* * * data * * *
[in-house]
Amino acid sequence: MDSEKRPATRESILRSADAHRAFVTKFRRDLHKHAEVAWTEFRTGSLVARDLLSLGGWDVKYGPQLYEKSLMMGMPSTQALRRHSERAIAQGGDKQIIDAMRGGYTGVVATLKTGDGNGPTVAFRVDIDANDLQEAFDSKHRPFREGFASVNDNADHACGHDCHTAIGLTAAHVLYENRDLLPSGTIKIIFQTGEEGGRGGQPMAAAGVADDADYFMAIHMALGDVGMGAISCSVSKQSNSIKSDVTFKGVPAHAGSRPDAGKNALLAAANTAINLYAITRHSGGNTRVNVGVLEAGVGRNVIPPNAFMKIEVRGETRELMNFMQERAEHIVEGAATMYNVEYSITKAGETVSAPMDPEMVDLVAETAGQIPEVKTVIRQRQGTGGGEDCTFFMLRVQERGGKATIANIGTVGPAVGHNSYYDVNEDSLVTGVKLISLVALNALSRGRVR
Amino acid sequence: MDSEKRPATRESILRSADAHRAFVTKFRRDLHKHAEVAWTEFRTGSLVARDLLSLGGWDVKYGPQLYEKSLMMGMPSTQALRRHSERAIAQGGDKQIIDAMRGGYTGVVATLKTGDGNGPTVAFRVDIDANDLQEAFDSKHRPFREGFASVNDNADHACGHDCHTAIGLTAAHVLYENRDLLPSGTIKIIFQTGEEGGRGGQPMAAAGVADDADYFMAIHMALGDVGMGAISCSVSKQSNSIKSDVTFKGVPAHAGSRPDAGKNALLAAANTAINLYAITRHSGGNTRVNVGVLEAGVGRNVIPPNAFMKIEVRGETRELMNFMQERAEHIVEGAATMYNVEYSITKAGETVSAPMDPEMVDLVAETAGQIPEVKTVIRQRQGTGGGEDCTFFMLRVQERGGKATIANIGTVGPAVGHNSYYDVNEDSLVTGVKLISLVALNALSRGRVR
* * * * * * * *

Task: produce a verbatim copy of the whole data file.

[in-house]
Amino acid sequence: MDSEKRPATRESILRSADAHRAFVTKFRRDLHKHAEVAWTEFRTGSLVARDLLSLGGWDVKYGPQLYEKSLMMGMPSTQALRRHSERAIAQGGDKQIIDAMRGGYTGVVATLKTGDGNGPTVAFRVDIDANDLQEAFDSKHRPFREGFASVNDNADHACGHDCHTAIGLTAAHVLYENRDLLPSGTIKIIFQTGEEGGRGGQPMAAAGVADDADYFMAIHMALGDVGMGAISCSVSKQSNSIKSDVTFKGVPAHAGSRPDAGKNALLAAANTAINLYAITRHSGGNTRVNVGVLEAGVGRNVIPPNAFMKIEVRGETRELMNFMQERAEHIVEGAATMYNVEYSITKAGETVSAPMDPEMVDLVAETAGQIPEVKTVIRQRQGTGGGEDCTFFMLRVQERGGKATIANIGTVGPAVGHNSYYDVNEDSLVTGVKLISLVALNALSRGRVR
Amino acid sequence: MDSEKRPATRESILRSADAHRAFVTKFRRDLHKHAEVAWTEFRTGSLVARDLLSLGGWDVKYGPQLYEKSLMMGMPSTQALRRHSERAIAQGGDKQIIDAMRGGYTGVVATLKTGDGNGPTVAFRVDIDANDLQEAFDSKHRPFREGFASVNDNADHACGHDCHTAIGLTAAHVLYENRDLLPSGTIKIIFQTGEEGGRGGQPMAAAGVADDADYFMAIHMALGDVGMGAISCSVSKQSNSIKSDVTFKGVPAHAGSRPDAGKNALLAAANTAINLYAITRHSGGNTRVNVGVLEAGVGRNVIPPNAFMKIEVRGETRELMNFMQERAEHIVEGAATMYNVEYSITKAGETVSAPMDPEMVDLVAETAGQIPEVKTVIRQRQGTGGGEDCTFFMLRVQERGGKATIANIGTVGPAVGHNSYYDVNEDSLVTGVKLISLVALNALSRGRVR